The Stroke dialog box will open, presenting you with a number of options that you can use to set the look of the stroke. You can choose the size, color, and, most importantly for our discussion here, you can set the position of the stroke.
You can see that there are three choices for stroke position: inside, center and outside.
Now, at first glance, you wouldn't think that the position would have a big impact on the look of the stroke. But it actually does and it's a difference that is a very big deal especially for digital scrapbookers or anyone who wants to add a mat/border to their photos.
To see what I mean, consider this example.
The two images below each have a stroke applied. The left photo has a 50px outside stroke and the one on the right has a 50px inside stroke. I've made the stroke black to help it stand out.
To really see the difference in these two, we're going to zoom in on the corners of the photos
The difference is pretty obvious when you look up close at the corners of each type of stroke. The outside stroke creates soft, rounded corners. The same would happen with a center stroke. But the inside stroke creates crisp, sharp corners. And crisp, sharp corners are almost always what you want when you are creating a photo border.
So you can use this method to create a crisp, sharp-cornered photo mat.
But the problem with using this technique to create a photo border is that it's not editable. Once it's there, it's there. If you want to change the color of the stroke or the size or whatever, you either have to undo the effect or, if you have already saved the photo, you'll have to find another way to change it. You may need to start over with an unedited version of the photo or, if you thought ahead and added the stroke to a separate layer (always a good idea, BTW), you'll need to delete that layer and redo the stroke.
It would be much more convenient to be able to just edit the stroke. And that's where layer styles come into the picture.
You can also add a stroke to an entire layer using Layer Styles.
Layer Styles are effects that can be applied to individual layers within Photoshop Elements. Layer styles are non-destructive and completely editable. So as long as you save your work as a layered file, you can always come back and revised the layer style effects.
To add a stroke to a layer using layer styles, first make sure that the object that you want to stroke is on it's own layer.
Click on the Effects (fx) button located in the lower right area of the Expert Edit workspace.
Choose Styles from the options at the top of the Effects panel.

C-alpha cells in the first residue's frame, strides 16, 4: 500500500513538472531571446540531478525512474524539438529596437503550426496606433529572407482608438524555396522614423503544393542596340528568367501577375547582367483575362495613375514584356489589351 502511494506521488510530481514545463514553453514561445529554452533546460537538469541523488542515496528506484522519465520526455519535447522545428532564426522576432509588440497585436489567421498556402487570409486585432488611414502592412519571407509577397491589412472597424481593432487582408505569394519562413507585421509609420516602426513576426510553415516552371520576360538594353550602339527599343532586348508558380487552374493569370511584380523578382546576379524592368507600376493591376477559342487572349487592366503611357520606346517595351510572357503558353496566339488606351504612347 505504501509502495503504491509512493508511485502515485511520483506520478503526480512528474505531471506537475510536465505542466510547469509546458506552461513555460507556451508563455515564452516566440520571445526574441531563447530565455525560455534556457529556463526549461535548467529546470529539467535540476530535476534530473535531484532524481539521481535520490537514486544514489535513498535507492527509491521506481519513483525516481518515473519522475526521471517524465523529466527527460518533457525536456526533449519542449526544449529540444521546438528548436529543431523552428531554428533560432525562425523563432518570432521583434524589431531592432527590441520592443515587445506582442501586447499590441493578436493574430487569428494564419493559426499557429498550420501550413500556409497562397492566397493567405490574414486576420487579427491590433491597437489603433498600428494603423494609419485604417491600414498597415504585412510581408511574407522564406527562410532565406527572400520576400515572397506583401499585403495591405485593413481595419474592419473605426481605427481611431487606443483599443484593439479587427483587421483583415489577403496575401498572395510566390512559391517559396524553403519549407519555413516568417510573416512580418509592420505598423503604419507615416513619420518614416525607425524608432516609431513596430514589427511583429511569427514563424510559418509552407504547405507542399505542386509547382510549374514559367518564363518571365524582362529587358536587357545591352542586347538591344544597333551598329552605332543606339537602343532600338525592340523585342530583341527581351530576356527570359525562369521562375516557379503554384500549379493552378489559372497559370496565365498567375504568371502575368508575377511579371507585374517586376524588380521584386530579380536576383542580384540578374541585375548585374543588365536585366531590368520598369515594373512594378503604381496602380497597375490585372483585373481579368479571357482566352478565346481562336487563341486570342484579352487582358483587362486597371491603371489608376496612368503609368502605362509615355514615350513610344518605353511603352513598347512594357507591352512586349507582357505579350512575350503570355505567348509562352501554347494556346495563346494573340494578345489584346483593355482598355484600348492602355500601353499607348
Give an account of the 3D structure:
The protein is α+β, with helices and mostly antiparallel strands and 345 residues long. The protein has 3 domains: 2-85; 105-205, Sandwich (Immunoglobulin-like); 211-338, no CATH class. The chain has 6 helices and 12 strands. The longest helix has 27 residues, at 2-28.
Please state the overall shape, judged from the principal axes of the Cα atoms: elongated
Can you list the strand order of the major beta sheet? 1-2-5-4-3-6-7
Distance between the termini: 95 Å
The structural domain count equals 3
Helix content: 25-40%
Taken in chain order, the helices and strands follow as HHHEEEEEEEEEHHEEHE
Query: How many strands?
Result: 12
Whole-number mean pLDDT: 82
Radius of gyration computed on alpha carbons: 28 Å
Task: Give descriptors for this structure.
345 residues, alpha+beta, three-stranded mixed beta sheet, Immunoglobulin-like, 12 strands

Click on Strokes from the drop down menu.
The Strokes panel will open to display a variety of stroke options. All of them are outside strokes. Double click on one to select and apply it.
Once the layer style has been applied, you can edit it by clicking on the Layers button located in the lower right area of the Expert Edit workspace. The Layers panel will open and you'll see that the layer now displays an fx symbol.
Above, we mentioned that all the stroke presets that show in the Effects panel are outside strokes. So if you want to use an inside stroke, you will need to edit the stroke applied earlier in order to reposition it.
To edit the layer style, double click on the fx symbol and the Style Settings Dialog box will open.And this is where the new feature in Photoshop Elements 13 comes into play.
If you are working in an earlier version of Elements, the Style Settings Dialog box will look something like this:
There is no option here to change the position of the Stroke. Compare that to the Style Settings Dialog box in Elements 13.
There is now an option that allows you to select the position of the stroke.
So, now, to change the position of the stroke, just select Inside from the position drop down.
And you're done. You now have a crisp, sharp and fully editable photo mat:
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We've seen how managing the ISO setting allows you to control the amount of grain that shows in your photos. But it does more than that. Understanding and working with the ISO setting gives us added flexibility in terms of setting the other two exposure settings–aperture and shutter speed.
The bottom line is that ISO is an important and useful tool, and one that you will want to be comfortable with if you are looking to take creative control of your exposure.